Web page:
I won’t go into details of how two other boats raced up and down the water chasing the osprey from one pole to another to get flight photographs, till it flew away.
Brindaban was disappointed as well and said that this nonsensical behavior is endangering the very existence of birds. Purbasthali might not meet its international guests next year or after a couple of years. He added, “Since this region is somewhat outside the village, poaching is in practice and thus birds don’t usually come here. They are frightened. If this continues, no one knows what will happen.”
We returned to the main region and while returning we saw a flock of Black headed Ibis along with the Openbill Storks and wagtails prancing here and there. Suddenly, we spotted some red-legged waders. Instantly, one name popped in my mind: Common Redshanks. But to my utter surprise, there was another guest, actually two guests, two species. Among the Redhshanks the Godwits stood tall with their head buried in their wings, only peeping to see who the intruder is. The warm glow from the setting sun illuminated the whole scene, giving it a subtle dramatic mood. The other species, what I thought to be the Greenshanks, which I saw in the same spot a few hours earlier, was actually stints.
The sun dipped under the horizon quickly, and winds started blowing. The chill was in the air, and the boat anchored in the harbor. The sky turned a warm blue and the birds started returning to their homes. I turned back and bid adieu to Brindaban. Maa was so silent the whole time, I almost forgot that she was there and my aunt too. The trio headed back to the station and took the next train back home.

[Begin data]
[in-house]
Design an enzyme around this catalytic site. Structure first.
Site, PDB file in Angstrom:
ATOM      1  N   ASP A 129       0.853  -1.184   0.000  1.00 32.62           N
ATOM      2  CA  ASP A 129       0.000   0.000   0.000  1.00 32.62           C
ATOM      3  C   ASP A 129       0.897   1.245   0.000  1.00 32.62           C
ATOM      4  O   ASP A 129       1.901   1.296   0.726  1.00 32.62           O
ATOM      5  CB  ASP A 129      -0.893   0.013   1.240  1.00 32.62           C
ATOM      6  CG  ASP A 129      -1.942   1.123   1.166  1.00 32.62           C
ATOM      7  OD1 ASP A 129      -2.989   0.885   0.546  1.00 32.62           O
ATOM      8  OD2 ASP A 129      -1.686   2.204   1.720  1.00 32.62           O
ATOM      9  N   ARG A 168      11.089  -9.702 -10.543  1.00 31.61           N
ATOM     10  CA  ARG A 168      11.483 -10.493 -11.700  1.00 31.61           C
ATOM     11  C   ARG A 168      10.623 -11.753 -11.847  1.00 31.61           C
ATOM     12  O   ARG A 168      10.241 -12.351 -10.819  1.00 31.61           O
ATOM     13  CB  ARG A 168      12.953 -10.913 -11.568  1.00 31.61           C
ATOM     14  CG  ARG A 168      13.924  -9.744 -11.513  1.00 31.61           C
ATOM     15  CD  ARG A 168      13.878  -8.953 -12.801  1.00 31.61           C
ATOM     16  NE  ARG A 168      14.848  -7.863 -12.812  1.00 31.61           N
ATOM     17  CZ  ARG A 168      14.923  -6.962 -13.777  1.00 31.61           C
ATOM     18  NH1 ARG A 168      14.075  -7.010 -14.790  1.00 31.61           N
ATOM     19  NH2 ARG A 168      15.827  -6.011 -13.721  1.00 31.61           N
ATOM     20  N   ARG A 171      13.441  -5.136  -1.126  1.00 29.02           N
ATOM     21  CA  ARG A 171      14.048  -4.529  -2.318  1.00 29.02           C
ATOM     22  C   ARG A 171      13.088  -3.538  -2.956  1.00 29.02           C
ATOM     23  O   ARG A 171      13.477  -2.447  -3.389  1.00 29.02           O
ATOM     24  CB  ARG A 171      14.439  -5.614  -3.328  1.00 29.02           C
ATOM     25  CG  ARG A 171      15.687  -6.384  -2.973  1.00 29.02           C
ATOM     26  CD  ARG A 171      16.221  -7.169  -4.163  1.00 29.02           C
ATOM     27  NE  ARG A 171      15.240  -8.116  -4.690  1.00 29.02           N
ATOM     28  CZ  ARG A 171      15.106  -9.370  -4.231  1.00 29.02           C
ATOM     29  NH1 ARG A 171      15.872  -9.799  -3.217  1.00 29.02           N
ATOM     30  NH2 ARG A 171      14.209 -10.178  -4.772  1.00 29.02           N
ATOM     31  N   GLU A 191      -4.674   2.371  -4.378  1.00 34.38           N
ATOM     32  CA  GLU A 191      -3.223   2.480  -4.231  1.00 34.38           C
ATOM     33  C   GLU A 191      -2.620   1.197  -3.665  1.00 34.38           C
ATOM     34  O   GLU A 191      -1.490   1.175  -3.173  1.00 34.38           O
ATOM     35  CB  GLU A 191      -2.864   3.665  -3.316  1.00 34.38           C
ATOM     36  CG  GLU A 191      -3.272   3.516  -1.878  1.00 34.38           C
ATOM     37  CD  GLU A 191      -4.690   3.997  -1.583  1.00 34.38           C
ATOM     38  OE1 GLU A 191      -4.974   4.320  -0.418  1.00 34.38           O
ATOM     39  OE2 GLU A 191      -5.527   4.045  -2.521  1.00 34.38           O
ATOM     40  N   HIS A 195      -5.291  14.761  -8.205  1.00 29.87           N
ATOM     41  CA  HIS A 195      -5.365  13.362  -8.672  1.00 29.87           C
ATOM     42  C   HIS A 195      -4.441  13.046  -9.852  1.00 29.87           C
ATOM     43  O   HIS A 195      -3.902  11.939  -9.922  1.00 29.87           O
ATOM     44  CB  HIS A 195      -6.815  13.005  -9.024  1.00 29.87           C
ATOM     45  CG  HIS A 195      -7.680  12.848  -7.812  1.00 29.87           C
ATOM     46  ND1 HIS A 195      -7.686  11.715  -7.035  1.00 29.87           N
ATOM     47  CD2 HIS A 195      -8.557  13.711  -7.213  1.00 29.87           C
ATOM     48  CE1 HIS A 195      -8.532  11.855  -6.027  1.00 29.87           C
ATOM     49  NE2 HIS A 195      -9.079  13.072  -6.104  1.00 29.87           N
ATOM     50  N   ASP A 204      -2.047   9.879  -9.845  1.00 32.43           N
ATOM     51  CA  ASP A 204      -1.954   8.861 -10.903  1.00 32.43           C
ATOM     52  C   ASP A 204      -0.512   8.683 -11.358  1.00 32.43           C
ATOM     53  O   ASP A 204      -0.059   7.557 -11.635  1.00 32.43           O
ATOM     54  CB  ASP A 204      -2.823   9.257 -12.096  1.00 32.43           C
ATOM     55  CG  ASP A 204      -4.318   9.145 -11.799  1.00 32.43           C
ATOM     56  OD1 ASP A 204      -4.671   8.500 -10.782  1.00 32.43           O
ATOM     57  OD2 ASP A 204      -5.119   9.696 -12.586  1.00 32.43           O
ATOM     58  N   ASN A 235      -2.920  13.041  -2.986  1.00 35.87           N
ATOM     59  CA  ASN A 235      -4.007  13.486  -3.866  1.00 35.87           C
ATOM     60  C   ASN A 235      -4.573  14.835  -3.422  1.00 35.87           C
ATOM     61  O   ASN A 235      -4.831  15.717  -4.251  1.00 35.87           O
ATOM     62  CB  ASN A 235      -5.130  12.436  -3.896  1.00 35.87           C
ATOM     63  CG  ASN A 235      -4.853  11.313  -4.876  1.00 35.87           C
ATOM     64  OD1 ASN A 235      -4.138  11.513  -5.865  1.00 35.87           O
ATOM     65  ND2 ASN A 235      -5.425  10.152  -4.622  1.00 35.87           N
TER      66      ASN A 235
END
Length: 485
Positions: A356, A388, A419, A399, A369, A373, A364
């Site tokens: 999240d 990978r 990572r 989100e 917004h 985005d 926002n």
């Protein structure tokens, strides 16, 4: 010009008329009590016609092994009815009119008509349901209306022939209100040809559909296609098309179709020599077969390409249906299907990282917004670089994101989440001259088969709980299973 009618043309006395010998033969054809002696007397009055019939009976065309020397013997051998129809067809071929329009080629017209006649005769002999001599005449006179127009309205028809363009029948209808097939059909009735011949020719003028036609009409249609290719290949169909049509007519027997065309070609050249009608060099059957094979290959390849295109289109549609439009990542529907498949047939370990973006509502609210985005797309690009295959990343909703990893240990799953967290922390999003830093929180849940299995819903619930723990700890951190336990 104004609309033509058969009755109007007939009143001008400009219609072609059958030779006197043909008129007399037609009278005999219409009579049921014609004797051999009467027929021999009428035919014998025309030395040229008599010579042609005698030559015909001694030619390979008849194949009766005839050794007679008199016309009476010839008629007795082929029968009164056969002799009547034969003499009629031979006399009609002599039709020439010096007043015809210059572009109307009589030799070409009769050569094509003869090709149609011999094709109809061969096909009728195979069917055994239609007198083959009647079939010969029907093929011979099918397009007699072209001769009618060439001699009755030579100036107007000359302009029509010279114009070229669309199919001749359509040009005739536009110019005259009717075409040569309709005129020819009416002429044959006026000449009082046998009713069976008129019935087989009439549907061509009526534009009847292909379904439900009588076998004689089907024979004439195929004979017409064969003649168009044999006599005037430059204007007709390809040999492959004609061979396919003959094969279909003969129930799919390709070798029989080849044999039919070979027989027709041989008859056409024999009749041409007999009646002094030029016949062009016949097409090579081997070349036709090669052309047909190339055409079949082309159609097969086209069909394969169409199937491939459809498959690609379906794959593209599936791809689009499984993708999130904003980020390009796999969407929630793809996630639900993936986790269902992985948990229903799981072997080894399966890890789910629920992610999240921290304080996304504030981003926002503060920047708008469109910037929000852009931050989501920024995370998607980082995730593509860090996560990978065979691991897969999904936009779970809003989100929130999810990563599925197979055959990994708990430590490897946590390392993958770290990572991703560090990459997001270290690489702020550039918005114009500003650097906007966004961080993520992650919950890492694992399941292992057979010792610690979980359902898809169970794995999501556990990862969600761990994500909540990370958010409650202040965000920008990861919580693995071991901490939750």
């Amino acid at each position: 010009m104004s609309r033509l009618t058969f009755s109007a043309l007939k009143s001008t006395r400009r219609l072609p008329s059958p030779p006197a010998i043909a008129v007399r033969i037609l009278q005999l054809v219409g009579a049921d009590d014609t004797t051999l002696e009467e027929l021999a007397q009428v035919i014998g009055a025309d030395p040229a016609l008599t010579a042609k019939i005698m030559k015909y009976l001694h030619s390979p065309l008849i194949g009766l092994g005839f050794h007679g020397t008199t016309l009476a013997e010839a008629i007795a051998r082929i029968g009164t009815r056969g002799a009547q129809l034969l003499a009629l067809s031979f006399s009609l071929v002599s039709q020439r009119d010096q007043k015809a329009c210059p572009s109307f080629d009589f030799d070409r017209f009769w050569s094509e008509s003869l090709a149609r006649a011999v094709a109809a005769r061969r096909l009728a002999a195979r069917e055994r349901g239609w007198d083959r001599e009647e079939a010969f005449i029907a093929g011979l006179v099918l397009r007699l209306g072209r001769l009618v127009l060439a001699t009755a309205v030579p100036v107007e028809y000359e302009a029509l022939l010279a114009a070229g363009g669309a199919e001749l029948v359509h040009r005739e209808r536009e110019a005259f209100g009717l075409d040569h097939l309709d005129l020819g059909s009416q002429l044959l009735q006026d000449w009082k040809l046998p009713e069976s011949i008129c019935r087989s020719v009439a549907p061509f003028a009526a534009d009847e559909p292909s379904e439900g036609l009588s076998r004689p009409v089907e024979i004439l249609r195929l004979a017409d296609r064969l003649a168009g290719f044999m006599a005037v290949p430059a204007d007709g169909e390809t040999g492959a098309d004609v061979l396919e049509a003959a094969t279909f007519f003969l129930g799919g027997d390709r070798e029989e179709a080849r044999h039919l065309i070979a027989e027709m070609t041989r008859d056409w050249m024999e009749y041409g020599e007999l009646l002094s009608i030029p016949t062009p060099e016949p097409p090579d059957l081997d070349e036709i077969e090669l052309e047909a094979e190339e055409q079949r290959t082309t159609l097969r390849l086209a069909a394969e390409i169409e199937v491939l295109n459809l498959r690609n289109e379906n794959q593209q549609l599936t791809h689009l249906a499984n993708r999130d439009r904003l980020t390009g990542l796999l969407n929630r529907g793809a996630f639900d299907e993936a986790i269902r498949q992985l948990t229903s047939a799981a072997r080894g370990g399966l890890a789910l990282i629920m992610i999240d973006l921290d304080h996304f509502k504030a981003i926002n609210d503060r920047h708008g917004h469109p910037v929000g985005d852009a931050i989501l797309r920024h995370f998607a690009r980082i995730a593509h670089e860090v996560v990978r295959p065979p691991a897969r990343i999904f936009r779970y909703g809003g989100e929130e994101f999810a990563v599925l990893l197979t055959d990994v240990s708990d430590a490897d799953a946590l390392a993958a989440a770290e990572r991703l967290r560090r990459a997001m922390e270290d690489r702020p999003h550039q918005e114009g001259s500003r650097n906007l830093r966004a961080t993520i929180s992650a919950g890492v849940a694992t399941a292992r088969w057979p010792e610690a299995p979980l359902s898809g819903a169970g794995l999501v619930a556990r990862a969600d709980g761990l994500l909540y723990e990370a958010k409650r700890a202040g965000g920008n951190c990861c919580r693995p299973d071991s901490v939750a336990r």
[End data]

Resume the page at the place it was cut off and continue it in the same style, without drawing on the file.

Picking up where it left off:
While returning I started planning for my next trip to Purbasthali.
I will return for the Osprey. I will return for the blue.
Visit Agnij Sur Photography for more.
- How to Reach: (via train) Take the Katwa local from Howrah or Sealdah. Purbasthali railway station is right next to Nabadwip. From the railway station you could take a van rickshaw to Kasthasali or Chupi Char. It’s not more than 10/15 minutes.
(via Road) By road you come via Memari to Kusumgram. Turn right at Kusumgram and go to Nadanghat (a few KM after Kusumgram there is a left exit towards Nadanghat – contiuing on the straight road would take you to Kalna). Turn left at Nadanghat towards Purbasthali. This straight road goes to Katwa. Turn right from the state highway near Purbasthali Bazaar. Cross the level crossing and go to Kasthasali.
- Boatmen: Brindaban Rajbanshi: 9749197788. Jayanta Da: 9734465974
- How to return: http://indiarailinfo.com/search/search-trains-purbasthali-psae-to-howrah-hwh/6426/0/1 (choose any as per you schedule)
- Boat Ride fees are negotiable. But be generous and don’t haggle too much, the boatmen depend on this earning only.
- Carry dry foods, plenty of water with you on a day long trip. Carry First Aid if you want to.
- Don’t prance around on the boat, it won’t capsize, you might.
- Don’t litter, KEEP THE LAKE AND THE SURROUNDINGS CLEAN.
- Don’t use baits, I REPEAT, REFRAIN FROM USING BAITS.